Topic 1: How Would Your Ideal Society Differ From Plato’S?

1179 WordsMar 25, 20175 Pages
Topic 1: How would your ideal society differ from Plato’s? What would Plato think about your proposals? How might you defend these proposals against Plato’s objections? My ideal society is different from the one created by Plato in the Republic in three ways. Firstly, everyone in the city would be able to receive a high-quality education, as opposed to Plato’s idea that only the chosen children who are gifted or show a potential for future ruling can be accepted to the elite education program. Secondly, in the city I created, citizens would not be forced to specialize in things they are good at but not passionate about, different from Plato’s design where everyone should only do what their talent suggests. Thirdly, spirited and appetitive…show more content…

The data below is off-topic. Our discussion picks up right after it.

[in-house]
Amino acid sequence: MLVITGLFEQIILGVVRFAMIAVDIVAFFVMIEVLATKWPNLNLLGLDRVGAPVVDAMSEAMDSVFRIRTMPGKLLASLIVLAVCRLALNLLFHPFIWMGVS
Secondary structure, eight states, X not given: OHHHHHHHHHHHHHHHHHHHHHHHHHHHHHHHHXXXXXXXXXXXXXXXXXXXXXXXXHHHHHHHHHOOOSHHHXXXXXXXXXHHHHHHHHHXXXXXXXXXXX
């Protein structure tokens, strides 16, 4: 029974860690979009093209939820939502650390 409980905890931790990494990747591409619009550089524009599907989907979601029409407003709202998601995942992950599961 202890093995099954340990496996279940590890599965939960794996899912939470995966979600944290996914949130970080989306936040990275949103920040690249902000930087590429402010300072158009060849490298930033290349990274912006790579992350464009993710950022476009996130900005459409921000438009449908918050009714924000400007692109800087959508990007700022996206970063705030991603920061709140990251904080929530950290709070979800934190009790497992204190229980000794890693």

Moreover, the government could use the money saved from every year’s extensive search and assessment to fund the public education. Education for the public could also reduce the chance of citizens committing crimes. Because without education, they might not know clearly what is right and wrong, the law of the city, and rationality. However, after receiving the education as the guardians do, ordinary citizens, though might still be dominated by their appetitive part of the mind, are equipped with more reasoning in their minds, and therefore less likely to break the law. As a result, guardians and rulers could spend more energy on external enemies, and less on internal criminals. My response to Plato’s second disagreement is that although the city might be more efficient if people do what they are best at doing, its citizens would be unhappy and feel enslaved because these choices are not made by themselves. For example, a person who is talented to be a professional runner might actually want to be a warrior, and if we deprive him of this chance, he would be unhappy. This specialization requirement could potentially create a discrepancy between most people’s talent and passion, and in that case, most people in the city would be unhappy. If the majority of the city’s population is unhappy, the value of justice becomes doubtful. Plato would probably respond by saying the

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